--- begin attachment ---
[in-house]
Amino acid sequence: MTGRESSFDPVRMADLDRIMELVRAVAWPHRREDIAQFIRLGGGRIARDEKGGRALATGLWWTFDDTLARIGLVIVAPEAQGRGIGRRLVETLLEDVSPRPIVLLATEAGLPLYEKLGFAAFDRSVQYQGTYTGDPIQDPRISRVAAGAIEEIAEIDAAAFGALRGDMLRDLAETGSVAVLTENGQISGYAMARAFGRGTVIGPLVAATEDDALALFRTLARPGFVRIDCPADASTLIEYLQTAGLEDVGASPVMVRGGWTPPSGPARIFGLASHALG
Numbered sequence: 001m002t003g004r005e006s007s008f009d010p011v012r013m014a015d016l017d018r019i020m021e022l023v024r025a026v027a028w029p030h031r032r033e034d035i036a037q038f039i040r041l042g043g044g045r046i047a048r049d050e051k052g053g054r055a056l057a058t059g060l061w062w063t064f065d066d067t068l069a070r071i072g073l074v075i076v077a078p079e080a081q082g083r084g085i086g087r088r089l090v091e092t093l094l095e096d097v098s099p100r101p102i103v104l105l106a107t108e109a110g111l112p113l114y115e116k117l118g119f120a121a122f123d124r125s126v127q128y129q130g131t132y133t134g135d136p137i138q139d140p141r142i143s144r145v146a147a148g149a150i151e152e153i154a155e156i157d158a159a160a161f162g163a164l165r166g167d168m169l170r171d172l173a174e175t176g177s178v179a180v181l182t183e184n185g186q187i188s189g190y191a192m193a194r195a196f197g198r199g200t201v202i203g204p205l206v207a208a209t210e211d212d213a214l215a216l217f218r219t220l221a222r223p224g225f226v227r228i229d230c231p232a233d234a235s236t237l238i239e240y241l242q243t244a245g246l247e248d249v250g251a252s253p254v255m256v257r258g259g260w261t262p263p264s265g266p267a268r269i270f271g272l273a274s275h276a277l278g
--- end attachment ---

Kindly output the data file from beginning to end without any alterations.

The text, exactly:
[in-house]
Amino acid sequence: MTGRESSFDPVRMADLDRIMELVRAVAWPHRREDIAQFIRLGGGRIARDEKGGRALATGLWWTFDDTLARIGLVIVAPEAQGRGIGRRLVETLLEDVSPRPIVLLATEAGLPLYEKLGFAAFDRSVQYQGTYTGDPIQDPRISRVAAGAIEEIAEIDAAAFGALRGDMLRDLAETGSVAVLTENGQISGYAMARAFGRGTVIGPLVAATEDDALALFRTLARPGFVRIDCPADASTLIEYLQTAGLEDVGASPVMVRGGWTPPSGPARIFGLASHALG
Numbered sequence: 001m002t003g004r005e006s007s008f009d010p011v012r013m014a015d016l017d018r019i020m021e022l023v024r025a026v027a028w029p030h031r032r033e034d035i036a037q038f039i040r041l042g043g044g045r046i047a048r049d050e051k052g053g054r055a056l057a058t059g060l061w062w063t064f065d066d067t068l069a070r071i072g073l074v075i076v077a078p079e080a081q082g083r084g085i086g087r088r089l090v091e092t093l094l095e096d097v098s099p100r101p102i103v104l105l106a107t108e109a110g111l112p113l114y115e116k117l118g119f120a121a122f123d124r125s126v127q128y129q130g131t132y133t134g135d136p137i138q139d140p141r142i143s144r145v146a147a148g149a150i151e152e153i154a155e156i157d158a159a160a161f162g163a164l165r166g167d168m169l170r171d172l173a174e175t176g177s178v179a180v181l182t183e184n185g186q187i188s189g190y191a192m193a194r195a196f197g198r199g200t201v202i203g204p205l206v207a208a209t210e211d212d213a214l215a216l217f218r219t220l221a222r223p224g225f226v227r228i229d230c231p232a233d234a235s236t237l238i239e240y241l242q243t244a245g246l247e248d249v250g251a252s253p254v255m256v257r258g259g260w261t262p263p264s265g266p267a268r269i270f271g272l273a274s275h276a277l278g